On May 31st, 2009 a new Colorado state law goes into effect, the Michael Skolnik Medical Transparency Act, reports The Gazette in Colorado Springs. This new law requires that physicians complete a physician profile which includes any malpractice actions, certain business dealings, disciplinary actions and crimes on a searchable database provided to medical consumers and patients by the Colorado Department of Regulatory Agencies.
The law was spearheaded by Patty Skolnik whose 22-year-old son suffered brain damage and paralysis after a botched and unnecessary brain surgery. He died 32 months after the surgery. Skolnik made this bill her crusade after she realized that the physician who operated on her son had bounced from state-to-state because of a pattern of medical malpractice. Had she known about his track record, she would have chosen a different physician for her son.
The Colorado Medical Society supports this new law and helped craft the final version of it.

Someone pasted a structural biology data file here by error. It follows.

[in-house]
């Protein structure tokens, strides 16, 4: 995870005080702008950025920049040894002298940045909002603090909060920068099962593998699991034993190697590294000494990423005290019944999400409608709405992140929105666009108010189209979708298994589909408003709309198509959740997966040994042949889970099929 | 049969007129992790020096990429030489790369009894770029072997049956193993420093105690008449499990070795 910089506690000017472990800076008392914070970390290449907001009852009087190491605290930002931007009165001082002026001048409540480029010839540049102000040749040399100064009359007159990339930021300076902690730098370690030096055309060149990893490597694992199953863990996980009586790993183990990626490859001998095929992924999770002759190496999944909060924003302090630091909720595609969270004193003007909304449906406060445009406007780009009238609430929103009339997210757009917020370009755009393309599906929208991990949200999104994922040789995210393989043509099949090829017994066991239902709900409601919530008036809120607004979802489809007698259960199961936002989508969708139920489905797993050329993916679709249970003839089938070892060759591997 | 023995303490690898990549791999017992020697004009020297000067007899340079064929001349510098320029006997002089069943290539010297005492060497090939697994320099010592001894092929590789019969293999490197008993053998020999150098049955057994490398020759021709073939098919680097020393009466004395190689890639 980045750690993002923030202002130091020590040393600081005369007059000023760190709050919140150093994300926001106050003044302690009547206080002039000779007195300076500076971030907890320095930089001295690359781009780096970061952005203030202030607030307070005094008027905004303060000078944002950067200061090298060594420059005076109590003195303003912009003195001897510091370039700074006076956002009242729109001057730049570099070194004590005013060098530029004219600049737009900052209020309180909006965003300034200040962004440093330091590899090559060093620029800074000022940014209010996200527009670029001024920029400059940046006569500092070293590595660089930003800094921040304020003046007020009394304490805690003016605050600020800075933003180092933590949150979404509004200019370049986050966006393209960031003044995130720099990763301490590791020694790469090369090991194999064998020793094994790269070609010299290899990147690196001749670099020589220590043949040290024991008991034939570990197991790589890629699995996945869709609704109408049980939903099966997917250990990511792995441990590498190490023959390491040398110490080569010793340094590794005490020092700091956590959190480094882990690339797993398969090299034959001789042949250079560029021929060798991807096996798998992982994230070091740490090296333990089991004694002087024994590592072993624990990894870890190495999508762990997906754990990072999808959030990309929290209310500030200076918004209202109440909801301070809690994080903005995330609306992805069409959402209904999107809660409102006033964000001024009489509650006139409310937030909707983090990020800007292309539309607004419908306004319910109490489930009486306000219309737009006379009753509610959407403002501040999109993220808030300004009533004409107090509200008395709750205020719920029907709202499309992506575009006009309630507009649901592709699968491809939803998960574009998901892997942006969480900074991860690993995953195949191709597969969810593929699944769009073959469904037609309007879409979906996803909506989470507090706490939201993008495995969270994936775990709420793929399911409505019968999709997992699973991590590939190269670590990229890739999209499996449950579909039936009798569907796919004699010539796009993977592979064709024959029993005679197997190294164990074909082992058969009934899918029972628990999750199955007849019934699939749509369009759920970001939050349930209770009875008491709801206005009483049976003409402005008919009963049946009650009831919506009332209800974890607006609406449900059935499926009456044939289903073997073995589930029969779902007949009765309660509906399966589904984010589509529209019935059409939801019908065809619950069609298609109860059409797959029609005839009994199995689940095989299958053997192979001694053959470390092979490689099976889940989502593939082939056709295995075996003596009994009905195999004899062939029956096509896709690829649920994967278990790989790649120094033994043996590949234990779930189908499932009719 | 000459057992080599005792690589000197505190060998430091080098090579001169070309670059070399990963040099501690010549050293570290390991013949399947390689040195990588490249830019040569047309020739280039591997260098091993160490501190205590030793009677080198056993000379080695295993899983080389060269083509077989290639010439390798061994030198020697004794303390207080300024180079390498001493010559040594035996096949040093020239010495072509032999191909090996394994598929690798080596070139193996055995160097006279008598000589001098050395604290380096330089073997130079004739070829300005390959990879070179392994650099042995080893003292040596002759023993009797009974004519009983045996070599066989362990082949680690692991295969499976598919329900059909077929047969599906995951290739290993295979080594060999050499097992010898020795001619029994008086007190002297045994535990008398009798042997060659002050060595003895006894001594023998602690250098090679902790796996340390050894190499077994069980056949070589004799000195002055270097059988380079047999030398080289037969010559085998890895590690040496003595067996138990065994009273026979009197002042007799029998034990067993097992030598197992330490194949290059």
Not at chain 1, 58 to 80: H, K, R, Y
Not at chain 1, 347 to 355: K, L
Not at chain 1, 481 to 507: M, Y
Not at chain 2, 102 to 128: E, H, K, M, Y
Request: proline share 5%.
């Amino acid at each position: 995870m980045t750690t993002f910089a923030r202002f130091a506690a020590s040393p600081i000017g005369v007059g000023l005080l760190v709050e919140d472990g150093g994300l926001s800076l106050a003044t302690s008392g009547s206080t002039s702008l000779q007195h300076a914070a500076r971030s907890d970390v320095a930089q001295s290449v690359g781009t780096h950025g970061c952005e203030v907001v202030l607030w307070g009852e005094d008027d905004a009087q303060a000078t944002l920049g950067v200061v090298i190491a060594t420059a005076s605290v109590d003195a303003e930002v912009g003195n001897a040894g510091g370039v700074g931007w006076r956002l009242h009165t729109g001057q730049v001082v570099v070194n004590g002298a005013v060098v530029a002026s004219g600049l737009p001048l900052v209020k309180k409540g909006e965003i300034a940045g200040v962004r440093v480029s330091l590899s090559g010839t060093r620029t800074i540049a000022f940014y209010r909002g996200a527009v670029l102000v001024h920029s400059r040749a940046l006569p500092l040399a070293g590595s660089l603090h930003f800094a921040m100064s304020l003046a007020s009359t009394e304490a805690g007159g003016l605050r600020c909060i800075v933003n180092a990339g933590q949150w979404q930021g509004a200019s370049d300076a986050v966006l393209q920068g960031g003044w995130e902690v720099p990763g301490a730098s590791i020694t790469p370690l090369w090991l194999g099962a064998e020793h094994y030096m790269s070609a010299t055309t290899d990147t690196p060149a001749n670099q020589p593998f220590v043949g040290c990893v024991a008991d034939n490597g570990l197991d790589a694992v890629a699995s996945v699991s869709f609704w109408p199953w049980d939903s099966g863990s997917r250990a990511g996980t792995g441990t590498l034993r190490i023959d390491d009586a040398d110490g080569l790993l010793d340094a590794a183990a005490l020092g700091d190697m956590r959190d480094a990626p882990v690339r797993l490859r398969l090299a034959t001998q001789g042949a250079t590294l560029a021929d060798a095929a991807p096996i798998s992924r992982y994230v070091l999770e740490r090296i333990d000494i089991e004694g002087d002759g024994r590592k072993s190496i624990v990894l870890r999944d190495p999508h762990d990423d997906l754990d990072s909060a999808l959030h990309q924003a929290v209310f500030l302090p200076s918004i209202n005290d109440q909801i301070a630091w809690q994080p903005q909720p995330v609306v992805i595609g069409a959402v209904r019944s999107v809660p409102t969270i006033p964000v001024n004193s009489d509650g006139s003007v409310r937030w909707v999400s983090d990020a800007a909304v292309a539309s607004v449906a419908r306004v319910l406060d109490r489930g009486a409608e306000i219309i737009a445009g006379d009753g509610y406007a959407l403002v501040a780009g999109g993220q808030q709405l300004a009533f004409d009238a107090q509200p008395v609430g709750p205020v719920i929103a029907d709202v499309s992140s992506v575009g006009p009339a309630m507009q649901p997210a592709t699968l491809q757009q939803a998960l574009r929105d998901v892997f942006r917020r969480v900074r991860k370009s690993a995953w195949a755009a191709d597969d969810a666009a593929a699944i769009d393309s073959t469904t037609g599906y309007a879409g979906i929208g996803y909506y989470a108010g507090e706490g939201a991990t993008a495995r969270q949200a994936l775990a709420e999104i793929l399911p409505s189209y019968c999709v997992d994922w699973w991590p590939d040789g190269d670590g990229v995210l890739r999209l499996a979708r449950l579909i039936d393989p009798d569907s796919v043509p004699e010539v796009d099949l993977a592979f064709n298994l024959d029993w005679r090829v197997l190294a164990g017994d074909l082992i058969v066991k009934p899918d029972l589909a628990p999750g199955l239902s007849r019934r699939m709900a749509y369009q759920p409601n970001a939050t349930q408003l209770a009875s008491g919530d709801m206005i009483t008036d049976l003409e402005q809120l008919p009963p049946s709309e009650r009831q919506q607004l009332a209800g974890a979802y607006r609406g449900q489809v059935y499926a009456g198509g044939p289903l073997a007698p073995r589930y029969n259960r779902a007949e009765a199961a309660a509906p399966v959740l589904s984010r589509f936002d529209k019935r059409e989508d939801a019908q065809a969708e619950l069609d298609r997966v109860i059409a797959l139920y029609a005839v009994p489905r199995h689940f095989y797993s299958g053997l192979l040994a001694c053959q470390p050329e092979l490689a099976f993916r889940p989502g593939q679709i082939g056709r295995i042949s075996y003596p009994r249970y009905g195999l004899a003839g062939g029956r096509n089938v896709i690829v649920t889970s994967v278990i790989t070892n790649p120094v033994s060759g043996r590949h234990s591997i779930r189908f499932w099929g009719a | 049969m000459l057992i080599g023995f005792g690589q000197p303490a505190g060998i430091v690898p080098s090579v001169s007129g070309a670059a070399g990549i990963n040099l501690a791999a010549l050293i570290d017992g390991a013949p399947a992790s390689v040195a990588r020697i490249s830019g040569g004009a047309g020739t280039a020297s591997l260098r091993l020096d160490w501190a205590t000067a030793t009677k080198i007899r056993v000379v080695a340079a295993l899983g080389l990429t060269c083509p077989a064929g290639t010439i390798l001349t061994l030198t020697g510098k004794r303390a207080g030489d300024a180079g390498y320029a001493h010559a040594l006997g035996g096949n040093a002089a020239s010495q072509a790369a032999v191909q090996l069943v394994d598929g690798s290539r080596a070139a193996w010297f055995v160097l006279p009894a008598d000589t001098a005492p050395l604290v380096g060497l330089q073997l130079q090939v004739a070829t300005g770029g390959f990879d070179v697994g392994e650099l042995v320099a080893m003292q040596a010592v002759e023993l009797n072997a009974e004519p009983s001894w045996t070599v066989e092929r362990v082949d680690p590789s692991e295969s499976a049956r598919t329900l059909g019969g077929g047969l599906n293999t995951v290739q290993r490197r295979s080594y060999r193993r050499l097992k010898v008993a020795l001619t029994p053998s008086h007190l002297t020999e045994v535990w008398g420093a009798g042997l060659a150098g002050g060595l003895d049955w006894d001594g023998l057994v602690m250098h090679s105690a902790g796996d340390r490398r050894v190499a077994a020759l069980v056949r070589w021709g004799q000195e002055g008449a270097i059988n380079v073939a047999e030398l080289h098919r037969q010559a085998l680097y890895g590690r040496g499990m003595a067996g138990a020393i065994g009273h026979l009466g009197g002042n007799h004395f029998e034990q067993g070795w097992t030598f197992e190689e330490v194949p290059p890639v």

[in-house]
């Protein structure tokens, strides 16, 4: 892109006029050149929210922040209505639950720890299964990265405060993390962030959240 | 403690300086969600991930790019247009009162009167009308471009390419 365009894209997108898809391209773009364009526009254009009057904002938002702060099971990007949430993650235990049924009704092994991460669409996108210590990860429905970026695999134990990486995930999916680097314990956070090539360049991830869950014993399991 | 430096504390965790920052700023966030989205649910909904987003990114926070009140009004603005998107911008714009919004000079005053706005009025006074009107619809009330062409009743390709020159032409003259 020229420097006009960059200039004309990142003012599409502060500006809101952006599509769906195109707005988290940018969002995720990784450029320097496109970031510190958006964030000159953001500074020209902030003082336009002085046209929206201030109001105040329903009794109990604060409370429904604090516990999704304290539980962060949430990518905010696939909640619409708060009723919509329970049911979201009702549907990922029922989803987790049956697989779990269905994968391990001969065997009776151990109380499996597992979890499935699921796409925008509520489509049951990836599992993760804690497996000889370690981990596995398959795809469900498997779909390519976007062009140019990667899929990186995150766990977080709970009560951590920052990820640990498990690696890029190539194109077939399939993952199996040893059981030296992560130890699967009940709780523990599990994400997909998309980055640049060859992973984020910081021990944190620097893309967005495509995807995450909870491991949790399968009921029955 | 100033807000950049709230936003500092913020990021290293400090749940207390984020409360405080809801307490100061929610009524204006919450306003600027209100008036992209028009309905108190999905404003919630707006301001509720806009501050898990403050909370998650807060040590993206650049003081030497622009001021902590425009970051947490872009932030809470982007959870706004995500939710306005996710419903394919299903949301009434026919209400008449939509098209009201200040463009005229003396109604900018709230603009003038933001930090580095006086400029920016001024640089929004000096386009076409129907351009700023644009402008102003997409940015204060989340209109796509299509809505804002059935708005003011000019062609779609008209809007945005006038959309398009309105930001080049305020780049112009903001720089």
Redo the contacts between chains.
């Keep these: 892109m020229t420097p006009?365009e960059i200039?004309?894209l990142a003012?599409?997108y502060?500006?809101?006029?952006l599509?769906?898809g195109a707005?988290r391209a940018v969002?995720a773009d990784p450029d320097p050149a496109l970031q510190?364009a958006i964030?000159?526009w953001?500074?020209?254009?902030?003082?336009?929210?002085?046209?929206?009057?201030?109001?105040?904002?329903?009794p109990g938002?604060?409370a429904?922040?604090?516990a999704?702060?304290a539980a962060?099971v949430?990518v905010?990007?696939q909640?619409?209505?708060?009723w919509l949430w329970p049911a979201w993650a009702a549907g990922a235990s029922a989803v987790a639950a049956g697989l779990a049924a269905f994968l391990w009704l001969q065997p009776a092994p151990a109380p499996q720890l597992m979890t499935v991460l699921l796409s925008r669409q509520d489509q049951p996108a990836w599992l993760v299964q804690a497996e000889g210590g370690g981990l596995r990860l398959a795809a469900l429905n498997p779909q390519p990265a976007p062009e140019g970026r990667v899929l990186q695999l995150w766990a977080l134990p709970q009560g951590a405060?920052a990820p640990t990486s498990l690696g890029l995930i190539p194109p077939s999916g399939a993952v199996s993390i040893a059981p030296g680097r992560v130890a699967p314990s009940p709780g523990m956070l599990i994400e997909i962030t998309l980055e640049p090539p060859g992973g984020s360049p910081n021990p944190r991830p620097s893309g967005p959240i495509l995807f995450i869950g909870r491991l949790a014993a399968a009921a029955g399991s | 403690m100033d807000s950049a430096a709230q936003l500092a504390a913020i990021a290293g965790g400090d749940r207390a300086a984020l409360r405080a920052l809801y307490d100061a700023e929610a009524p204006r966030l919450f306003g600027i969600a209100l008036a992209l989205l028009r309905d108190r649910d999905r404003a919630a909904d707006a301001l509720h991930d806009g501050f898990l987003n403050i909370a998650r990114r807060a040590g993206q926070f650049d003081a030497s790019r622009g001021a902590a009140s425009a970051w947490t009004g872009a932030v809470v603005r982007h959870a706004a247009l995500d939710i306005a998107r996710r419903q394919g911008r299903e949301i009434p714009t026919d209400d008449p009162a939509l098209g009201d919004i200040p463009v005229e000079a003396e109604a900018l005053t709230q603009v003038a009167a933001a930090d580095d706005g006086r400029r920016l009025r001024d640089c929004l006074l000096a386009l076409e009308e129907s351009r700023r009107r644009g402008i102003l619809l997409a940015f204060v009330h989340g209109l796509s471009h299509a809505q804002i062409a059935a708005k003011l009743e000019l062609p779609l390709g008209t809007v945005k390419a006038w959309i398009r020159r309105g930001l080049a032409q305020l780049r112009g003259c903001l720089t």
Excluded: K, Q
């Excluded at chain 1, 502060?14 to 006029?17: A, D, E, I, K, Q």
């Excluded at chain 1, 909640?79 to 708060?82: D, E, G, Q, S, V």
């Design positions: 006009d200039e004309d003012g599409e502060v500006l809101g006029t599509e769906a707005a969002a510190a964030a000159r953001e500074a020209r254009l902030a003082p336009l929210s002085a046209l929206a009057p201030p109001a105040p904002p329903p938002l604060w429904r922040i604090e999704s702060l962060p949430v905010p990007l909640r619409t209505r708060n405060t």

Some physicians are concerned about profiles which list medical malpractice suits. They say that sometimes they settle suits as a business decision instead of going through a lengthy malpractice trial.
Skolnik’s goal with this law is to “empower consumers,” not to punish doctors.
Colorado joins 21 states and Washington D.C. to have a transparency laws.
This information is provided by Washington Injury Attorney blog, a service of The Farber Law Group. We represent people who have been seriously injured by medical malpractice and the families of those killed. Medical malpractice can take many forms including failure to diagnose, pharmaceutical errors, a botched surgery or a birth injury. With our help, you may recover compensation for your injuries.